This was the last design following the previous ones Primo and HT1080Z machines. In terms of hardware complexity, TVC was the most challenging model, too. The original design built on almost TTL chips only, there were only two "custom" chips: The CPU (Z80) and the character address generator (Motorola 6845 CRTC). Obviously it also had ROM and DRAM, but apart from those, everything else was created by the members of the 74LS TTL family.

TVC's parameters just briefly:
- 3 graphics modes (Horiz x Vert x Colors): 512x240x2, 256x240x4 and 128x240x16
- 64K RAM és 16K video ram, plus 16K+4K Basic+OS ROM. Memory is paged in 16K banks,
- progrrammable sound generator (using only TTL chips)
- Motorola 6845 CRTC character address generator
- Composite video and analogue RGB (+SYNC) output
- Built-in joystick plus two dedicated Atari style DB9 joy port
- 4 card slots for expansion cards

I divided the machine into logical units, following the FGPA design lines. Of course I needed the documentation and the schematics to learn this system. I spent a couple of days to study them.
So my main logical parts are:
I used others' work, so the two main parts the Z80 and the CRTC comes form outside. Everything else is my work, based on the documentation and the schematics. The FPGA main clock is 100MHz for the SDRAM, then this one is divided down for the required other frequencies:

- 12.5MHz pixel clock for the mode 512 horizontal pixels, 2 colors,
- 6.25MHz pixel clock for the mode 256 horizontal pixels, 4 colors,
- 3.125MHz pixel clock for the mode 128 horizontal pixels, 16 colors,
- 1.5625MHz the "character" clock for the CTRC.

Knowing that the MiST SDRAM module needs 8 cycles to do one random memory access, the Z80 CPU can go up to 12.5MHz in this design. The original machine used 3.125MHz only by the way.

Video Controller

TVC had 3 different video modes, 3 different horizontal resolution, but form the hardware point of view, there was only one simple shift register that was clocked by the actual pixel clock, and uses a group of bits for the video signal. Loading and shifting the register was the same for all modes, but using the bits of it was different.
- In 2 colors mode each bits presents a pixel as expected B7-B6-B5-B4-B3-B2-B1-B0. The bit then selected a color from a palette, providing the RGBI color information
- In 4 colors mode we need 2 bits for a pixel, as 1C0-2C0-3C0-4C0-1C1-2C1-3C1-4C1. This 2bits again pointed to a palette so one of the 4 RGBI colors could be selected.
- In 16 colors mode we need 4 bits for a color, such as 1I-2I-1G-2G-1R-2G-1B-2B. In this mode there is no palette, bits provide the RGBI color directly.

In my solution this logic was easy to implement. The original TVC had memory contention (CPU was halted when the video controller read the video memory). This method is called clock stretching in the documentation. Thanks to the internal memory of the FPGA, I don't need this. Dual-Port ram can be accessed from both sides without contention.

In case of the TVC there is no VGA mode. It would have been to complicated to implement it, so I decided to produce two cores. One core works in the normal RGB+Sync mode, able to drive the Euro Scart connectors, while the other one works in VGA mode, using different clocks for the video controller. The VGA version also skips the CRTC, so it was removed, and a simple sync generator is used instead.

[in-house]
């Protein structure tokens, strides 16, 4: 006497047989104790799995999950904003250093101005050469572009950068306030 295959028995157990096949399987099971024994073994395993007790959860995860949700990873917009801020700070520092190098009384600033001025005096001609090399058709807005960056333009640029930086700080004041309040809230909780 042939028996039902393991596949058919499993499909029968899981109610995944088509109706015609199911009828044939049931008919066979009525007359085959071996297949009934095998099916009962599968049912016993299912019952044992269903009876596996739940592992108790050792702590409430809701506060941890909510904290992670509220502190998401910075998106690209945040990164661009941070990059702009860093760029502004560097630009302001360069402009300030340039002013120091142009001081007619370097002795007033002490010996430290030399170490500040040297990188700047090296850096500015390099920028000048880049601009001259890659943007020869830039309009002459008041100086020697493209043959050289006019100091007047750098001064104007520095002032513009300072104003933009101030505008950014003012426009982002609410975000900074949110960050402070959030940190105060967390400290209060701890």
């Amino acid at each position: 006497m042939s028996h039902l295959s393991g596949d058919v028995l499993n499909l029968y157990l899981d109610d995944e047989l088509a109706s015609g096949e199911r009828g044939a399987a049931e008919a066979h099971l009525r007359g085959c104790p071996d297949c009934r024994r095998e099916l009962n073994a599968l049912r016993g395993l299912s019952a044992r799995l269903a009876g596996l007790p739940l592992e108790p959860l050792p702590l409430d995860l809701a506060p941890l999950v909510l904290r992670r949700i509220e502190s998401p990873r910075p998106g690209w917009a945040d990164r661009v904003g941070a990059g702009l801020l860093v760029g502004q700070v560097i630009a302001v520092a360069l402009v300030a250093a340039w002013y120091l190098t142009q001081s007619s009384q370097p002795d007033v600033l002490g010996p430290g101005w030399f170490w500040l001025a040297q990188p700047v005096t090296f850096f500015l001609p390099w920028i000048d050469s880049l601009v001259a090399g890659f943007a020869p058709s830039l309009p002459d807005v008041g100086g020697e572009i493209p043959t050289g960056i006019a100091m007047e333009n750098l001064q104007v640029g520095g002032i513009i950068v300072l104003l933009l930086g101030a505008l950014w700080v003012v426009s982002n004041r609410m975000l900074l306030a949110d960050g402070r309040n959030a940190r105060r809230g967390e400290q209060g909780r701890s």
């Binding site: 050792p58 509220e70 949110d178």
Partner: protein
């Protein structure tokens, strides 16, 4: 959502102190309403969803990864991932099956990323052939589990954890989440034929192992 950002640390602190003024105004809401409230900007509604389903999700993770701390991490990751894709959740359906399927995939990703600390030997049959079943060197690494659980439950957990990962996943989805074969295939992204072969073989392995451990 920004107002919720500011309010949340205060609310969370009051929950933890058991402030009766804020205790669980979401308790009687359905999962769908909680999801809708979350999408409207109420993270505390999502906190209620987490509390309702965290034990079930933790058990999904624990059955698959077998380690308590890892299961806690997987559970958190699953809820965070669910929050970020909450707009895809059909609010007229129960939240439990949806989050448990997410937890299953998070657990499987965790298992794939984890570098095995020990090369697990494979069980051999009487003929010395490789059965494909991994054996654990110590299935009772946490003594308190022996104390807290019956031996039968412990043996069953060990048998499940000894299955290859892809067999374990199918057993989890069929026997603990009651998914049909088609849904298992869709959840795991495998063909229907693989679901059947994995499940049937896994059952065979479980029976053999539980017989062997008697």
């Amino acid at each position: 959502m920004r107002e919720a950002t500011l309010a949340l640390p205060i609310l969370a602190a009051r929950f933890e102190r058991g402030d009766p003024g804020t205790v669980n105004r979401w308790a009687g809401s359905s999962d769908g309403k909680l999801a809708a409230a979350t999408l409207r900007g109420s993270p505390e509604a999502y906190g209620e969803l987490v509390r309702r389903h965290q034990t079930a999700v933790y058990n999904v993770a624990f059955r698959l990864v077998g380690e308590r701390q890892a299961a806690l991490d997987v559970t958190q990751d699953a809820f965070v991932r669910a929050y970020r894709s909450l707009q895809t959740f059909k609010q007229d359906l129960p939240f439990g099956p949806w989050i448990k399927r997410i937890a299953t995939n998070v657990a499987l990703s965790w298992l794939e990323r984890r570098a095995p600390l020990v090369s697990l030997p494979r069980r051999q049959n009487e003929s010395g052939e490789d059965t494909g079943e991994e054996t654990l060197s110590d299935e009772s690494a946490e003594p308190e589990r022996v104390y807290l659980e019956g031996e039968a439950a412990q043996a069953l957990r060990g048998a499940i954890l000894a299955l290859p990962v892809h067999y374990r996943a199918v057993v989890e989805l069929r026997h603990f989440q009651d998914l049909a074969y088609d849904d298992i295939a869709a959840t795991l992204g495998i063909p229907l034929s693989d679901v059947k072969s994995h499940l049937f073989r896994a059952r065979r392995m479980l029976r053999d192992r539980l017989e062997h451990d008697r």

Sound generator in the TVC is a simple divider (counter) with two parts: 12 bits (4046) programmable divider, and a fixed 4 bits (16) divider. The main clock for the counter is 3.125MHz, same as the CPU clock. The audio level is controlled by an 4 bits R/2R DAC. Needless to say, that this was an easy task in an FPGA. Finally, the generated signal goes to a delta-sigma DAC, which drives the audio output. Since TVC is a mono machine, both channels get the same signal.

Memory paging

The documentation tells all the details about the memory paging in the TVC, so based on that it was an easy job. It's actually nothing more than a few logical equations. Since the ROM is also in the MiST's SDRAM it made it just a bit harder, but fortunately the module data_io can handle that part. The ROM is loaded into the SDRAM when the core starts (above the first 64K). Then the pages only needs to use some higher bits to page the ROM into the selected memory bank. MiST has 32MB RAM, so this should not be a problem at all.


Using a simple PS/2 interface and a lookup table that converts the PS/2 codes to TVC rows and columns. Actually the MiST uses USB keyboards, but the module user_io provides the keystrokes in PS/2 format. I needed to map some keys to special PC keys, like Page Up, Page Down to map all the TVC keys. For the convenient game play, keys Y and Z can be exchanged (as on the Hungarian keyboards).

Loading games

I could get the information about the file format .CAS based on some emulator sources. It turned to be quite simple. There is a small header which must be skipped, then just load the bytes into the RAM. All is done as for the others, using the MiST On Screen Display (OSD) and the Verilog module called data_io. After the bytes loaded into the memory, you need to type in the command run to execute the app or game.

Pictures show the core that works in RGB+Sync mode, using the Euro Scart connector of the TV

First test of the CRTC

Boot srceen of the TVC with the MiST OSD

Basic interpreter's initial screen


MiST OSD , list of TVC .CAS files

A pack man (pac-man) game, menu

A pack man (pac-man) game, level 1

TVC.RBF - for Euro Scart cable (RGB displays)
TVC.RBF - for VGA displays
Some games

Thanks to:
Links and references:

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